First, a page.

As a solution, how will it work, if we involve the Corporate world into it – they can utilize their CSR funds along with their latest technology and management skill to improve professional development of the teachers. Currently, Corporates (if they focus on education) spend their CSR funds and energy in teaching children only. Your views ?

    • Yasmeen Hossain says:

      Hello Amit,
      Thanks for your comment. Well it will be a good step to employ funds for teachers. A lot of them do not have much idea of latest pedagogy and mindset to teach children. Training should be more on handling practical skills like classroom management, growth mindset etc.

  14. Harshal says:

    Many of you have pointed about changing mind set of society and also a teachers self estimation

    However, reality is what I can see is compensation offered to teachers is very less. Mainly government teachers are moving and leaving the government teaching jobs due to the same reason

    Any idea how can we retain and motivate those teachers?? is there anyway we can improve their life style and change their thinking about government teaching jobs?

    • Yasmeen Hossain says:

      Hello Harshal,
      You would be surprised to find out that in general compensation of government teachers is more than that of most private schools. So monetary compensation is an important factor but not the only factor. It’s like Maslow’s hierarchy of needs. Money would just act as the basic need and once the basic need is fulfilled , people will try to find out avenues to move towards greener pasture. To retain and motivate such teachers we need to show them avenues of growth which encompasses both intellectual ,professional and personal growth. Teachers should be shown opportunities where they can decide their career graph, pursue higher studies , become an active member of school decision policy etc rather than just being told what they are expected to do or duties being assigned for some school functions.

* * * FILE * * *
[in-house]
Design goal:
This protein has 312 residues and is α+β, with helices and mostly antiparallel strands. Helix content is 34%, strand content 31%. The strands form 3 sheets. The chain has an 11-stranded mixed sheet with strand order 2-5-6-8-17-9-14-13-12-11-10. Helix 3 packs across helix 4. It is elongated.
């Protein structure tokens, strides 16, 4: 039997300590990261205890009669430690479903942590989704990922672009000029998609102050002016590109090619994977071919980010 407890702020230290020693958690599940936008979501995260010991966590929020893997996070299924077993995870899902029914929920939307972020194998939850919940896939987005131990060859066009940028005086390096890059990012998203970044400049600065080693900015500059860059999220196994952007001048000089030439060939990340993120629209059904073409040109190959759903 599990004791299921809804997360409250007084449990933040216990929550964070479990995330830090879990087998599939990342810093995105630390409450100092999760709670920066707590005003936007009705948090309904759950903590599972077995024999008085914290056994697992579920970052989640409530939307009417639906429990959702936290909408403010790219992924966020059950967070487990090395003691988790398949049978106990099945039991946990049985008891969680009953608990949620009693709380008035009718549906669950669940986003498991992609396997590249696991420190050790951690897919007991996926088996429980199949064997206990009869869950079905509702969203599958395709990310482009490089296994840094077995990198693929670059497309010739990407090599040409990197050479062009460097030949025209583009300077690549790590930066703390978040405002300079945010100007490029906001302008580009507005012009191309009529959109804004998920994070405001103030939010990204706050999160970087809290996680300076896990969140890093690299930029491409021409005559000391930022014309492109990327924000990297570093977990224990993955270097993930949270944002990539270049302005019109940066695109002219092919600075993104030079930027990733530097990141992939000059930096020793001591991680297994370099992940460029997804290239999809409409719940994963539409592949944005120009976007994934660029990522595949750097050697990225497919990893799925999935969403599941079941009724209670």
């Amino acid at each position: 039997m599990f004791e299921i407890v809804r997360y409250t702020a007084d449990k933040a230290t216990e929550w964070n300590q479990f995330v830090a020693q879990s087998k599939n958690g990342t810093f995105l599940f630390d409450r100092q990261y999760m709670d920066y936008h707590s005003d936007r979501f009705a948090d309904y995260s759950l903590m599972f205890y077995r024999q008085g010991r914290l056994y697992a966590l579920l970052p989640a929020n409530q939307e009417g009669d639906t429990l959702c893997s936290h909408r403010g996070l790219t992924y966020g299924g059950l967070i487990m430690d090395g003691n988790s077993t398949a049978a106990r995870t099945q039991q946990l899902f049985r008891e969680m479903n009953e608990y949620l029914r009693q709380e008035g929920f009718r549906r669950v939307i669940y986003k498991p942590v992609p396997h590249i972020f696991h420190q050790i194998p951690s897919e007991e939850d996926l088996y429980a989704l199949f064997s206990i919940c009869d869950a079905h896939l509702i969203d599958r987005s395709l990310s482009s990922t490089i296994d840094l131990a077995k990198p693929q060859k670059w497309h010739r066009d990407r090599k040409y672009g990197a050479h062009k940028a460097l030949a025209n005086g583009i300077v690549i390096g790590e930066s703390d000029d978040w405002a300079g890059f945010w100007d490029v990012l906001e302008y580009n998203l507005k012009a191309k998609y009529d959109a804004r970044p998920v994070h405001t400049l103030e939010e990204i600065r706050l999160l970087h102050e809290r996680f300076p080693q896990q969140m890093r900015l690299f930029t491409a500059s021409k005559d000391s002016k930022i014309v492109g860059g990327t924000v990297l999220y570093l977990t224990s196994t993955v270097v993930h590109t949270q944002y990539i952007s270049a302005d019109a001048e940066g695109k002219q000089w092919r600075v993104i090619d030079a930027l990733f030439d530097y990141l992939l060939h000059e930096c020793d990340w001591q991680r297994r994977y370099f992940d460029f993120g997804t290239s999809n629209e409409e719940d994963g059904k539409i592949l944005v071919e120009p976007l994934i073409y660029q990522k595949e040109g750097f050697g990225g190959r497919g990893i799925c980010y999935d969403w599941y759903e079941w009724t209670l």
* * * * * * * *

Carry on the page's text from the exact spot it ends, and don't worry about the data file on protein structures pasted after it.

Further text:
Until and unless teachers are challenged and allowed to develop their own practices by allowing them academic liberty, teaching would look like a mundane job and it won’t come as a surprise if people who are in this industry for 20 years prefer to quit as they were never shown ways to grow as an educator.